I did read an interesting idea about formula marketing on the Fearless Formula Blog.  Her thought was that we should be petitioning formula companies to only send samples to people who requested them.  That way, those who need it or choose it can get the freebies/be marketed to if they want (though I still don't think it should come from the hospital) and those that want to avoid the influence/temptation can.  And any formula company who disagrees would look more definitely anti-breastfeeding, which wouldn't be good for them. 

post #52 of 79

 

Quote:
Originally Posted by slmommy View Post


 

I think Abby just meant that tax payer funded programs already pay for formula and food in more long term capacities, so what would the big deal be? 

 

I read Abby's comment as saying that because tax payers pay for WIC, they are already paying for the "free" samples (along with all other formula buyers) since the price of all those freebies is included in the formula WIC has to buy.

post #53 of 79

 

Quote:
Originally Posted by Angelorum View Post

You're right, I didn't read the actual petition.  Still, I can't quite articulate why and I'm not even sure it's right, but I feel like the hospitals are acting more unethically than the formula companies in the situation.  When the hospital hands the samples out, it stigmatizes whatever brand it is.  It becomes the "doctor recommended" choice, whether unconsciously or not, and that is where I see the ethical problem.  Barring any medical or food intolerance issues, I doubt the doctors or hospitals have any opinion on what brand parents should use, but they act as if they do.  I do agree it would be a lot faster to get the formula companies to agree not to advertise through hospitals than fighting hospital by hospital.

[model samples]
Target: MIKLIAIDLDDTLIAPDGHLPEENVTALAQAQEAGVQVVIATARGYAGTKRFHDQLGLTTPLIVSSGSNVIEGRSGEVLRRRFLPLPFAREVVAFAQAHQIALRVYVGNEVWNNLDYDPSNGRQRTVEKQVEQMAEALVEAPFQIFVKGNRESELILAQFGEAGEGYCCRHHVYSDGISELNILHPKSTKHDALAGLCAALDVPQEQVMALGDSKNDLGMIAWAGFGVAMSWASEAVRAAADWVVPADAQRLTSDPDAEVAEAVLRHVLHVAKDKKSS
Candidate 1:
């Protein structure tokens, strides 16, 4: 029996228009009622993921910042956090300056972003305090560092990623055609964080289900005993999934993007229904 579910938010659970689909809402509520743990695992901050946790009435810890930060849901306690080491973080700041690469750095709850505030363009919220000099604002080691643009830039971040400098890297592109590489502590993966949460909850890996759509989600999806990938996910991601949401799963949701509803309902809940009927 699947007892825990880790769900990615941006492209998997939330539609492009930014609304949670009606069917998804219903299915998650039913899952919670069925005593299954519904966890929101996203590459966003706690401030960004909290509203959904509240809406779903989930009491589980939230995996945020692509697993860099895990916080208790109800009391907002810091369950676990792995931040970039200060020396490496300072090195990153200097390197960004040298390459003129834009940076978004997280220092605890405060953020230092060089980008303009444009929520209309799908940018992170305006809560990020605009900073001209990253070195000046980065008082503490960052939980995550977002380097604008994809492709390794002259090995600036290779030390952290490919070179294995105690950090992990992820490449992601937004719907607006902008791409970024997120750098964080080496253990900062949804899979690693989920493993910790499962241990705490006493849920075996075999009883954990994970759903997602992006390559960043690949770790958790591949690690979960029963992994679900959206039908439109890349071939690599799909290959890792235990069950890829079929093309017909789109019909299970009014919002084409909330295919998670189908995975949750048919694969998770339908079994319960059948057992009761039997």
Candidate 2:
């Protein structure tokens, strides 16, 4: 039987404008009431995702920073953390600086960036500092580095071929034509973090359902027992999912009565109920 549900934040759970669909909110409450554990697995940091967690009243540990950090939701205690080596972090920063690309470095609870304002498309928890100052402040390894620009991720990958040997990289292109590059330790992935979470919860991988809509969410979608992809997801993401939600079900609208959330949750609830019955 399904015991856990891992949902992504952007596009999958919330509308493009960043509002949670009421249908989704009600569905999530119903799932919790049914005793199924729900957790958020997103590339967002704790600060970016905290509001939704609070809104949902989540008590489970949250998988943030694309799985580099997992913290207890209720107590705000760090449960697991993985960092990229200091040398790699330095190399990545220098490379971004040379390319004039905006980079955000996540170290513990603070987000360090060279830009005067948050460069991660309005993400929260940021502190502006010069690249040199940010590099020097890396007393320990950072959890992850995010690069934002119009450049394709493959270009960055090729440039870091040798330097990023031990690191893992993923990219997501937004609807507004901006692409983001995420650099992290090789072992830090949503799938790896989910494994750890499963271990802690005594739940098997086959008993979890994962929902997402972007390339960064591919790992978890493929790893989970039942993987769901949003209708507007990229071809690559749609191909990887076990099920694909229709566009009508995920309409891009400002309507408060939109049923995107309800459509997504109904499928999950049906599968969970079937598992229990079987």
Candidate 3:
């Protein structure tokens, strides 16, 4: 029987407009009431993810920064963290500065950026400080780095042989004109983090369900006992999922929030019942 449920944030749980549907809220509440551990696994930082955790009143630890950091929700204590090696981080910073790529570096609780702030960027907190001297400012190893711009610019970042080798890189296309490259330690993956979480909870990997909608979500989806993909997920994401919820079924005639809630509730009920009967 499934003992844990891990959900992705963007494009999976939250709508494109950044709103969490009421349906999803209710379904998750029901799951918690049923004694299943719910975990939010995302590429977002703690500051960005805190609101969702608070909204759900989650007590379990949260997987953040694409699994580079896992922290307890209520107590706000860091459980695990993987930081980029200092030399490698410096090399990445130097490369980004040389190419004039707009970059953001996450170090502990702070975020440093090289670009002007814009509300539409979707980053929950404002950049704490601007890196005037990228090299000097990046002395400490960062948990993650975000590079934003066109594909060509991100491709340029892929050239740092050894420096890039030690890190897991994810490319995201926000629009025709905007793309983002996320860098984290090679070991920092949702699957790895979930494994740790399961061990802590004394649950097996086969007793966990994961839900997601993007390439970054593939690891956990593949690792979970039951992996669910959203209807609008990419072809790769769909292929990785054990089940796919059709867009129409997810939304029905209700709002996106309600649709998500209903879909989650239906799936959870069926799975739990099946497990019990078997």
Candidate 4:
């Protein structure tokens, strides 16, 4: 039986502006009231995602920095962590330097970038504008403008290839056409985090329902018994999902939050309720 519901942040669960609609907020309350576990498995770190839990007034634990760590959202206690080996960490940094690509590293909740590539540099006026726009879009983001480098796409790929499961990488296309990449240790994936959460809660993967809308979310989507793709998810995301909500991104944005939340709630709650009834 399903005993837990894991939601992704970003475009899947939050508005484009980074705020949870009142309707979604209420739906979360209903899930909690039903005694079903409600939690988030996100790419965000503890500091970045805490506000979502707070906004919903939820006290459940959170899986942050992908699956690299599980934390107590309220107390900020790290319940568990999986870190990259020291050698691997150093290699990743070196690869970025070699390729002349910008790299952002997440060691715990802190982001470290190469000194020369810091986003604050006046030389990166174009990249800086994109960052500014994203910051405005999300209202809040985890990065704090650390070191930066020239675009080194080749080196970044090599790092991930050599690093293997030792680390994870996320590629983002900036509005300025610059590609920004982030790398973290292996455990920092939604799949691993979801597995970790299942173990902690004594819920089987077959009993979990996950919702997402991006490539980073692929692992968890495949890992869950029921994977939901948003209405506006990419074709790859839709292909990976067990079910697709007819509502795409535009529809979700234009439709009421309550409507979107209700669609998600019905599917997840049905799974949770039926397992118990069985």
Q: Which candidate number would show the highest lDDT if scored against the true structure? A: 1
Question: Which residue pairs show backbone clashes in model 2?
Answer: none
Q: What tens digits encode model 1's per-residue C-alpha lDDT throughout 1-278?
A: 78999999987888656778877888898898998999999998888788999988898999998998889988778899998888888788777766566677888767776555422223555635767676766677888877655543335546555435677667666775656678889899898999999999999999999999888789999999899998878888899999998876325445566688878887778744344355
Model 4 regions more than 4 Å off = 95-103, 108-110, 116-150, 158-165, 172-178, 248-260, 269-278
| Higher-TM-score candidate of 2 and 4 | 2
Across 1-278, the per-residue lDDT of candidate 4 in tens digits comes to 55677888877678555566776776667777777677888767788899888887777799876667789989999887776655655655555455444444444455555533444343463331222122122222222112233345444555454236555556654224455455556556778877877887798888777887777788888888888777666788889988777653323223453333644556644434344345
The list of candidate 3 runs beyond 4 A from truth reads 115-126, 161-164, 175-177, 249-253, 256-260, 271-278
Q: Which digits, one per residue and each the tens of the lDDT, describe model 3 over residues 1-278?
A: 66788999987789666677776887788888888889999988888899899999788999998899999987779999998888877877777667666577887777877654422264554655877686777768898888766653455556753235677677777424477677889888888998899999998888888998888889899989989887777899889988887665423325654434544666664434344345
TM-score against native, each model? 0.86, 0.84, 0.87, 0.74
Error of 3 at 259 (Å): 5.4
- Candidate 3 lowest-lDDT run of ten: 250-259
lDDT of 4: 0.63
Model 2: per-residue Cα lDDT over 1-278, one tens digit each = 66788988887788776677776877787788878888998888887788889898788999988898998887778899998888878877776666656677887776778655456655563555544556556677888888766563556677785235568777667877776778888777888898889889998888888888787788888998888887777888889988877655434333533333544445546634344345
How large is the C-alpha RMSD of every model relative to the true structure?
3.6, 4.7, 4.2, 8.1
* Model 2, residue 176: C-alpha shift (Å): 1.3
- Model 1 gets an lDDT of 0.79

I did read an interesting idea about formula marketing on the Fearless Formula Blog.  Her thought was that we should be petitioning formula companies to only send samples to people who requested them.  That way, those who need it or choose it can get the freebies/be marketed to if they want (though I still don't think it should come from the hospital) and those that want to avoid the influence/temptation can.  And any formula company who disagrees would look more definitely anti-breastfeeding, which wouldn't be good for them. 

 

I think that for the most part, we agree.  I think that the hospitals are more culpable in the matter, and I definitely support the Baby-Friendly Hospital Initiative, and as a consumer, I use the only Baby-Friendly hospital in my state as my back-up for births and encourage anyone I know who is planning a hospital birth to consider that hospital first.  That said, I think that the WHO's guidelines for marketing breast milk substitutes are not bad.  Even in our industrialized country with good access to clean water, sterilization of bottles, etc, breastfeeding saves lives.  Formula is very important to have available as a breast milk substitute (Ideally, we'd make donor milk more available, but you want to talk expensive...), and I'm not going to judge anyone's reasons (Mothers are the best ones to make decisions balancing needs for the good of the family), but it should really be done in a way that offers the formula for those who need it rather than working to undermine breastfeeding, and it is the responsibility of formula companies to make sure that their advertising practices are not undermining breastfeeding. 

post #54 of 79

 

Quote:
Originally Posted by JMJ View Post

 

 

I think that for the most part, we agree.  I think that the hospitals are more culpable in the matter, and I definitely support the Baby-Friendly Hospital Initiative, and as a consumer, I use the only Baby-Friendly hospital in my state as my back-up for births and encourage anyone I know who is planning a hospital birth to consider that hospital first.  That said, I think that the WHO's guidelines for marketing breast milk substitutes are not bad.  Even in our industrialized country with good access to clean water, sterilization of bottles, etc, breastfeeding saves lives.  Formula is very important to have available as a breast milk substitute (Ideally, we'd make donor milk more available, but you want to talk expensive...), and I'm not going to judge anyone's reasons (Mothers are the best ones to make decisions balancing needs for the good of the family), but it should really be done in a way that offers the formula for those who need it rather than working to undermine breastfeeding, and it is the responsibility of formula companies to make sure that their advertising practices are not undermining breastfeeding.